Benefits include:

  • 100% upfront financing
  • Long repayment terms
  • Low, fixed-rate interest
  • Immediate payback 
  • Tax advantages from limited-time incentives
  • Retain REC income and incentives where applicable

Available tax credits and incentives include:

  • The Investment Tax Credit: The Investment Tax Credit (ITC) is a U.S. federal corporate tax credit that allows individuals or businesses to deduct a certain percentage of investment costs from their taxes. These credits are in addition to normal allowances for depreciation. These credits differ from accelerated depreciation in that they offer a percentage deduction at the time an asset is purchased. Eligible technologies for the ITC include solar water heat, solar space heat, solar thermal electric, solar thermal process heat, photovoltaics, wind, biomass, geothermal electric, fuel cells, and geothermal heat pumps. The current credit is 30%, but that drops to 26% in 2020, 22% in 2021 and 10% in 2022. 
  • Rebates & Incentives: Many states, counties, municipalities, and utilities offer rebates or other incentives for solar energy technologies. The Database of State Incentives for Renewables & Efficiency (DSIRE) has a comprehensive list of solar incentives by state, as well as maps showing solar policies across the U.S.
  • Net Metering: Net metering is a billing mechanism that allows commercial customers who generate their electricity from solar to sell the electricity they aren’t using back into the grid. Differences between state legislation, regulatory decisions, and implementation policies mean that the mechanism for compensating solar customers varies widely across the country.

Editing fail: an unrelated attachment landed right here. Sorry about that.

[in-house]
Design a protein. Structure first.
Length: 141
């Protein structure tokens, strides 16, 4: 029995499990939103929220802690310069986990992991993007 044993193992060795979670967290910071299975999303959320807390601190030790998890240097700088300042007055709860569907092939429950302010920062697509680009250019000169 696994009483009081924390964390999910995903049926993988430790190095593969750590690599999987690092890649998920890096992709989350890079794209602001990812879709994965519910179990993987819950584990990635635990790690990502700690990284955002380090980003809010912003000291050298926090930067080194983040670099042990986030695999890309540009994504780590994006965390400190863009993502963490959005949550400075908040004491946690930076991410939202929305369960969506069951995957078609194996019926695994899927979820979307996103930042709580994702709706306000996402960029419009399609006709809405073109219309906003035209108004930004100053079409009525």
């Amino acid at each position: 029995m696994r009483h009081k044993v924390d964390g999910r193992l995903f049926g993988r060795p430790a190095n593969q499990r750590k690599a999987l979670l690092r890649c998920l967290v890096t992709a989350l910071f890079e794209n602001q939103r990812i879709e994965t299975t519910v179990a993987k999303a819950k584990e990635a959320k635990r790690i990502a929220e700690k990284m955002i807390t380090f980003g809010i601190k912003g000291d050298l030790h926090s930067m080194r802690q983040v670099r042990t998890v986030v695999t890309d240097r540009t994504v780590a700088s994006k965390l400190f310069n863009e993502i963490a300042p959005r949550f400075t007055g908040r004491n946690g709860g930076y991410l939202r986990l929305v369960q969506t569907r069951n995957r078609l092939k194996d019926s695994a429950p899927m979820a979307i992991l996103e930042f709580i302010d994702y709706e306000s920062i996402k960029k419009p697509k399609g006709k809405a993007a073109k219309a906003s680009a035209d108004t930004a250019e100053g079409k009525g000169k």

Maximizing the Benefits of Solar

Experts agree, combining renewable energy like solar with energy efficiency upgrades delivers the greatest value. When combining energy efficiency with solar systems, the total benefit is greater than if either of them was used individually. According to the American Council for an Energy-Efficient Economy “synergies between energy efficiency and renewable energy use the strengths of one to complement the weaknesses of the other.”

Here’s why:

An overwhelming number of organizations simply don’t understand how much energy they use — and, more importantly, how much energy they’re wasting (often as much as 30%). 

The amount of energy a solar system needs to produce to power a building/business naturally depends on how much energy is used. As such, it simply makes sense to reduce consumption wherever possible, eliminating any wasted energy. Right? Once an organization understands exactly how much energy its business needs, it will know how much energy it needs to produce.

The main benefits of combining solar with energy efficiency upgrades include:

  • Optimizing energy efficiencies/decreasing consumption wherever possible ensures the solar PV system is right-sized to the organization’s needs, delivering maximum value and reducing upfront costs. (The general rule of thumb is that every $1 spent to improve the efficiency of a structure saves $3 to $5 on the cost of a renewable energy system.)
  • An energy-efficient building requires less solar power capacity than another building of the same size that hasn’t been retrofitted for energy efficiency.
  • The money saved through energy efficiency upgrades can help finance additional efficiency improvements and/or additional renewable energy technologies,